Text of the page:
The effect of facial resemblance on alibi credibility and final verdicts
The purpose of this study was to examine an extra-legal variable that may affect the credibility of a defendant and the alibi corroborator's testimonies. In this study, the facial appearance of the alibi corroborator was manipulated to resemble the defendant or the trial judge to different degrees using facial morphing software. Participants serving as mock jurors provided verdicts for a trial summary and rated the credibility of an alibi corroborator. It was hypothesized that as the facial resemblance shared between an alibi corroborator and a defendant increased, the less credible the alibi corroborator's testimony would be perceived, resulting in an increase of conviction rates for the defendant. On the other hand, when the alibi corroborator resembled the judge, it was hypothesized that the credibility of the alibi corroborator would increase and this would result in fewer convictions. The results revealed that when the facial resemblance was 66%, the defendant was significantly more likely to be convicted, χ2 (1) = 5.00, p = 0.03, Φ = 0.18, if the alibi corroborator looked like the judge (M = 0.55) than if he looked like the defendant, (M = 0.37). Implications for juror decision-making and future research are discussed. ^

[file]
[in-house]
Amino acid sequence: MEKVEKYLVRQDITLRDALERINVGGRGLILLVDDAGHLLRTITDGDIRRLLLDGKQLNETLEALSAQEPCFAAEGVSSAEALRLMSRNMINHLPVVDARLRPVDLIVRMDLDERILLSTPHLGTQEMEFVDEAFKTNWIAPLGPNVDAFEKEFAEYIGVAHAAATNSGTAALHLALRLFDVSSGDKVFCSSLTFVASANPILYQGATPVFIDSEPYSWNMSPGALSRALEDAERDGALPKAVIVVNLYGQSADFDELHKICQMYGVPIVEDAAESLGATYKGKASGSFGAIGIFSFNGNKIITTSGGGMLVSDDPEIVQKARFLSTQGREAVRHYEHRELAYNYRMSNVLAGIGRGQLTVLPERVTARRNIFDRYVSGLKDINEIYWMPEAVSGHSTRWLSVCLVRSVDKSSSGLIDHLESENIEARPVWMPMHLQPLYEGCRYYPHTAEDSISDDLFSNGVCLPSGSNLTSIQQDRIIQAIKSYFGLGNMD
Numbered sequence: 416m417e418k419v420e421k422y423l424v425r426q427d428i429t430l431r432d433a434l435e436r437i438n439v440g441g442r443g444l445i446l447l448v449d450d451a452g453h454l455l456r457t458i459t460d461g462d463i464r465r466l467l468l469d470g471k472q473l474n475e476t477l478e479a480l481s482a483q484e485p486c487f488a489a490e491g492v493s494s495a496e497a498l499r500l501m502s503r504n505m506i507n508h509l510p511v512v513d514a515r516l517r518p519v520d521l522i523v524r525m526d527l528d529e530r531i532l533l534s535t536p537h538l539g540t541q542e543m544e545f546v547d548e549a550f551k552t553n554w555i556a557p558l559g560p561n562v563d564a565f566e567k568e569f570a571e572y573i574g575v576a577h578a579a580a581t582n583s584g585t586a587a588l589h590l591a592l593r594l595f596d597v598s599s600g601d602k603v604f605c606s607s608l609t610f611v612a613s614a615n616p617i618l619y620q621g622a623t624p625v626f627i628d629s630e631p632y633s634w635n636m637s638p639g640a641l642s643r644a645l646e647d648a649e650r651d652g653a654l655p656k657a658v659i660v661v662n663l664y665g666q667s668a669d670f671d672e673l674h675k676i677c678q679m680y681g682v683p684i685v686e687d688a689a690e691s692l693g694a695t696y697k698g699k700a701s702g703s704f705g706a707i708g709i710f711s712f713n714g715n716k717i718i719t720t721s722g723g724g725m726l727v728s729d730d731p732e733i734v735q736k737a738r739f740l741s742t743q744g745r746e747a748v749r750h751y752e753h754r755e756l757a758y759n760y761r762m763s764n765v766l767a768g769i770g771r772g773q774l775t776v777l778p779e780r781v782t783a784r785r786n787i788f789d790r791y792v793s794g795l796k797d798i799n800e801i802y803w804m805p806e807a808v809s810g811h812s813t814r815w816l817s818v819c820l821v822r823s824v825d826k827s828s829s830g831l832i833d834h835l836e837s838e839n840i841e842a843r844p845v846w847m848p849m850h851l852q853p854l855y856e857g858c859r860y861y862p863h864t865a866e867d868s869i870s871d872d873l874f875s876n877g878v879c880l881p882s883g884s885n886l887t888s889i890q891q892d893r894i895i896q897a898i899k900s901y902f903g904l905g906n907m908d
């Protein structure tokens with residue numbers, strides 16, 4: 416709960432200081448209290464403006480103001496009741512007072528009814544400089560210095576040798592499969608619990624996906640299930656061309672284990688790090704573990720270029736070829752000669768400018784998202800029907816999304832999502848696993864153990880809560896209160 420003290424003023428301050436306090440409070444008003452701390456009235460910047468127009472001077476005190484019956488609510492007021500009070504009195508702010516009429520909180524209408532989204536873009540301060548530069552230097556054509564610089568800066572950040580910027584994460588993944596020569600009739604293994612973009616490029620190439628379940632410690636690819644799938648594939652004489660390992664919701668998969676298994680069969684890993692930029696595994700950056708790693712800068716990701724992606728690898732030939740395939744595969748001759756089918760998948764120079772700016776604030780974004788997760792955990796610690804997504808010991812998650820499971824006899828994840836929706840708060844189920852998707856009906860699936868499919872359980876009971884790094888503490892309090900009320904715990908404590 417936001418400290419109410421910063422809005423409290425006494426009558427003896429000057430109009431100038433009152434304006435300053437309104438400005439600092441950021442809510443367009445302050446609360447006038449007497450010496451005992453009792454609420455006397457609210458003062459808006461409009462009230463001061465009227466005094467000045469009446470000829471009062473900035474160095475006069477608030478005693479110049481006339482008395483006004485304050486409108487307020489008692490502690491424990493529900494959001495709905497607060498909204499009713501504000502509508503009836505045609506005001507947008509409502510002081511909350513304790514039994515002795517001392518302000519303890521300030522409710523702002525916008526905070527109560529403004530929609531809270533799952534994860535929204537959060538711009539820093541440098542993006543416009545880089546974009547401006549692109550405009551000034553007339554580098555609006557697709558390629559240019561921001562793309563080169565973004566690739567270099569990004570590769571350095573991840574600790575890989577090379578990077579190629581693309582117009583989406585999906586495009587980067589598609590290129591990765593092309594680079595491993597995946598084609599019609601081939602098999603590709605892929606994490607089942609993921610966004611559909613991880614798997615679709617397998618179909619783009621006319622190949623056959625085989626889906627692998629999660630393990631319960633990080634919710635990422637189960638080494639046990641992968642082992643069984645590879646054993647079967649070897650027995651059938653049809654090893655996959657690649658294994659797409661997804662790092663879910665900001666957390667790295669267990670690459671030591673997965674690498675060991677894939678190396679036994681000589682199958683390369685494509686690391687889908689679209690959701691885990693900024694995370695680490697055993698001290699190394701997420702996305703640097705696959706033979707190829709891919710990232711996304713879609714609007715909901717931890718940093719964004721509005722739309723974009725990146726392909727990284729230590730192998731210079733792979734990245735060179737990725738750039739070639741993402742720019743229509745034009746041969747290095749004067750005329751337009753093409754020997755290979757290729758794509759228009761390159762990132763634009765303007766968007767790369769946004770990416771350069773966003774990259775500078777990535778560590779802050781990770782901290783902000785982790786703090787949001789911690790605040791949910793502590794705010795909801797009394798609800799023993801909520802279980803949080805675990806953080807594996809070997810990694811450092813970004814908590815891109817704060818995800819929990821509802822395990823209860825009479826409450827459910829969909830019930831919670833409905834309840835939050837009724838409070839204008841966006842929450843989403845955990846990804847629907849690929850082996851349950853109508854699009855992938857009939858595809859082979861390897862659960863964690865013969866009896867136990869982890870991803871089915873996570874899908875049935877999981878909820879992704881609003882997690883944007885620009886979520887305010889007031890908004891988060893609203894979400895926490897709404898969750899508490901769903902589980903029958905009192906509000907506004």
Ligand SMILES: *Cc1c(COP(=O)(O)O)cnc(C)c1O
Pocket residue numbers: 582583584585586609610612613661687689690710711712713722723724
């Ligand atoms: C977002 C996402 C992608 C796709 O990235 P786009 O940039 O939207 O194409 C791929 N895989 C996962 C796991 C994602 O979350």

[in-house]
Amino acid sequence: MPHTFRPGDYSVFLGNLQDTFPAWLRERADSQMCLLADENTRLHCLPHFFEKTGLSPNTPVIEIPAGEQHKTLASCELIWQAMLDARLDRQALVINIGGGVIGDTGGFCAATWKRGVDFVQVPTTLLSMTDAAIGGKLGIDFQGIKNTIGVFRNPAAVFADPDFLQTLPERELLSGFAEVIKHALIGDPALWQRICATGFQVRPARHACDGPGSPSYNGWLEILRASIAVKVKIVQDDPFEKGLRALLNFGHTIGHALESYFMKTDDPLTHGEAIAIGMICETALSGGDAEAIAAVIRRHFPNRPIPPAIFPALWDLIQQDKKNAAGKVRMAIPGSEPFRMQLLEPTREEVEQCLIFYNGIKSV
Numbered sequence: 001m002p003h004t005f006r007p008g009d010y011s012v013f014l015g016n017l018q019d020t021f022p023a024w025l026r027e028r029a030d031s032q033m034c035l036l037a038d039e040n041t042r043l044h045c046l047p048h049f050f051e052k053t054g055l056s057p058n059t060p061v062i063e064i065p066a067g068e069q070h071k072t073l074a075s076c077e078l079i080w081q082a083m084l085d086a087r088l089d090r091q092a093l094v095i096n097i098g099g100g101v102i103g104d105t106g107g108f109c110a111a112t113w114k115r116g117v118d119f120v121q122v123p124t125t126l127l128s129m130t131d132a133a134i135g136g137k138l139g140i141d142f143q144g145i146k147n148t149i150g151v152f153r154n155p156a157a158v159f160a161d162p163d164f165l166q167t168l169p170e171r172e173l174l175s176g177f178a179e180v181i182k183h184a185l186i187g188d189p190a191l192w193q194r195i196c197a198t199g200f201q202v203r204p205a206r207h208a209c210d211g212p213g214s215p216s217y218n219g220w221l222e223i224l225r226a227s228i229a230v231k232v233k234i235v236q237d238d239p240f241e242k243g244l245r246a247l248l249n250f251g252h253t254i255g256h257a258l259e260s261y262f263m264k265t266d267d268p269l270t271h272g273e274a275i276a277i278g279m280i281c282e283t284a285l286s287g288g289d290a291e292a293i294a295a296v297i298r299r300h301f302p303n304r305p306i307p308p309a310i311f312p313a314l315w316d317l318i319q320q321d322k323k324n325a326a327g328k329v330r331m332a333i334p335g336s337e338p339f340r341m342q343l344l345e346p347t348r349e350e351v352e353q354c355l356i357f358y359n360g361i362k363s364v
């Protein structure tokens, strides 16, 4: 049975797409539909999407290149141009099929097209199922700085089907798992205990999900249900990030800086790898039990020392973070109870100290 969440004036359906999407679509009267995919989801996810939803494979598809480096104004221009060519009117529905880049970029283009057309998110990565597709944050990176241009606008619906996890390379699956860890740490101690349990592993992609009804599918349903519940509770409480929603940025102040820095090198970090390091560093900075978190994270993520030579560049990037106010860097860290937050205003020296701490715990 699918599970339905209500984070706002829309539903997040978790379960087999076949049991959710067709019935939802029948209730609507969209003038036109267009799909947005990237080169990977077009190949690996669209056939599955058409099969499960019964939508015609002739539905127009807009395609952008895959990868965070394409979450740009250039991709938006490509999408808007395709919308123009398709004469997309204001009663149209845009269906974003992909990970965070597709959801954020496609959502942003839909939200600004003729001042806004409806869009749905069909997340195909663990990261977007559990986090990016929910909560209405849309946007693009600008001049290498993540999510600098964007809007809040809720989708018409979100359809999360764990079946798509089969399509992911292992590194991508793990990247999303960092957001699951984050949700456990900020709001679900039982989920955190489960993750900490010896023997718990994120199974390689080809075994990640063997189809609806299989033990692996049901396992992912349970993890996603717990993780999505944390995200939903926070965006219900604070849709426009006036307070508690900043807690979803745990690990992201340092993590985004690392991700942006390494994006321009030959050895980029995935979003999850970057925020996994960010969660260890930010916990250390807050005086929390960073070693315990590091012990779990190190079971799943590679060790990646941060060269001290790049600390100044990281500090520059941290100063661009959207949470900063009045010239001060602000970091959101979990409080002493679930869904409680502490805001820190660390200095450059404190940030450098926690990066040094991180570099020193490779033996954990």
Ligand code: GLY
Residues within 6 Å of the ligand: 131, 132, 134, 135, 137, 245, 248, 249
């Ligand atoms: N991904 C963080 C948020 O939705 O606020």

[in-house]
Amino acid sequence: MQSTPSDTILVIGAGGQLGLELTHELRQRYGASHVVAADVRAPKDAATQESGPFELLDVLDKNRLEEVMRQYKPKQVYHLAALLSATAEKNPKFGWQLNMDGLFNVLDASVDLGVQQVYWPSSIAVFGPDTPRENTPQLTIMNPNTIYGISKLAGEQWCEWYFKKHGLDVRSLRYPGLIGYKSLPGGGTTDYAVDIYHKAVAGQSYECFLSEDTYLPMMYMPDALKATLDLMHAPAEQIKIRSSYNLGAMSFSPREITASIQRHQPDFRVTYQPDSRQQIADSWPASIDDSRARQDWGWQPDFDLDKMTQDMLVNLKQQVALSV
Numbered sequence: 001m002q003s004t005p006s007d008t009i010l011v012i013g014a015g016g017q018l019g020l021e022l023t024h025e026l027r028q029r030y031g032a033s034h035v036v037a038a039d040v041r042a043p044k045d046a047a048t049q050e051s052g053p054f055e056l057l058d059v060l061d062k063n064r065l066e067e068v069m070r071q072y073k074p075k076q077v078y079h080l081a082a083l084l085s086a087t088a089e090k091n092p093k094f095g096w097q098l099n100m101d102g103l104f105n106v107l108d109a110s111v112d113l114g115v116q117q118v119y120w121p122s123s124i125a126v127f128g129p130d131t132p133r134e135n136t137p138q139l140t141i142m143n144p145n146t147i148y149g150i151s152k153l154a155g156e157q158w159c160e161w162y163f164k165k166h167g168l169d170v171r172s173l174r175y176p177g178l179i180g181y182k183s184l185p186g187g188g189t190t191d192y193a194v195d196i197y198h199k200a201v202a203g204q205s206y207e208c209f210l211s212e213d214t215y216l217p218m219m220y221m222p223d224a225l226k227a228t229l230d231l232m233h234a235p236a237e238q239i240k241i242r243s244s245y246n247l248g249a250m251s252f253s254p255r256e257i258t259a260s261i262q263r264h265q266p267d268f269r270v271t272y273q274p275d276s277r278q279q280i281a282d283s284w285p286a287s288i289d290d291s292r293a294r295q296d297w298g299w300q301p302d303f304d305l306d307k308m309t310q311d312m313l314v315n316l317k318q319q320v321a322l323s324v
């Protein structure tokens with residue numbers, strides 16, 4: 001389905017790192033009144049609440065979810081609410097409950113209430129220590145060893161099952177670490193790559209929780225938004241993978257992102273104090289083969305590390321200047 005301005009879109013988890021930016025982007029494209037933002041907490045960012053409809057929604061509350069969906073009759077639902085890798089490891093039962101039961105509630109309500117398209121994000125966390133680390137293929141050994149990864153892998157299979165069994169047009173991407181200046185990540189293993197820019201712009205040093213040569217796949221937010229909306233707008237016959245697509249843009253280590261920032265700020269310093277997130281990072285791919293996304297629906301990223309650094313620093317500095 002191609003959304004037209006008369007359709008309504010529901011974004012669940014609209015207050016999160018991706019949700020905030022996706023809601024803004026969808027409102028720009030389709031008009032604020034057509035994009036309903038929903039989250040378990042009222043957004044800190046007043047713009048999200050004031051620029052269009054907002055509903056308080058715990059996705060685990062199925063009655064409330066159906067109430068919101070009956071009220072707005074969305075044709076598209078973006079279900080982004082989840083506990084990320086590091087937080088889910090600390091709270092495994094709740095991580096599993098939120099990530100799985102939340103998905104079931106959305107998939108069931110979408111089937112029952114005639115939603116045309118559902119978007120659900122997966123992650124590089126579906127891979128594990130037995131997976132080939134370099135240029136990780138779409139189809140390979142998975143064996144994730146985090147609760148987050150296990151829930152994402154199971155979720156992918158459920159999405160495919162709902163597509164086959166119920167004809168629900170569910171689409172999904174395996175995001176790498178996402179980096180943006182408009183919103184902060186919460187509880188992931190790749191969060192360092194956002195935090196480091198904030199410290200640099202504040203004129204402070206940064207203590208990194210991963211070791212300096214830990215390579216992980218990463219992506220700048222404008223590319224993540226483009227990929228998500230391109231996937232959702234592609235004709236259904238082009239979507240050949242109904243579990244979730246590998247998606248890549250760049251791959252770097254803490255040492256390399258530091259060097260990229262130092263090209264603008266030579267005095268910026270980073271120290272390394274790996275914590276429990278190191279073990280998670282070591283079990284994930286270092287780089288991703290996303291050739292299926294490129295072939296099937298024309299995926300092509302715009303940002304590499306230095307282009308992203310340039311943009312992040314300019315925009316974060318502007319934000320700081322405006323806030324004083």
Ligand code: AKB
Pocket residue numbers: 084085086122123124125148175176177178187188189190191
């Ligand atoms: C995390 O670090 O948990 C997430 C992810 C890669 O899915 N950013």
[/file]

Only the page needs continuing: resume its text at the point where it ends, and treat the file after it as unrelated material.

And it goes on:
Psychology, Social|Psychology, Experimental|Psychology, Cognitive
Ochoa, Claudia, "The effect of facial resemblance on alibi credibility and final verdicts" (2009). ETD Collection for University of Texas, El Paso. AAI1468959.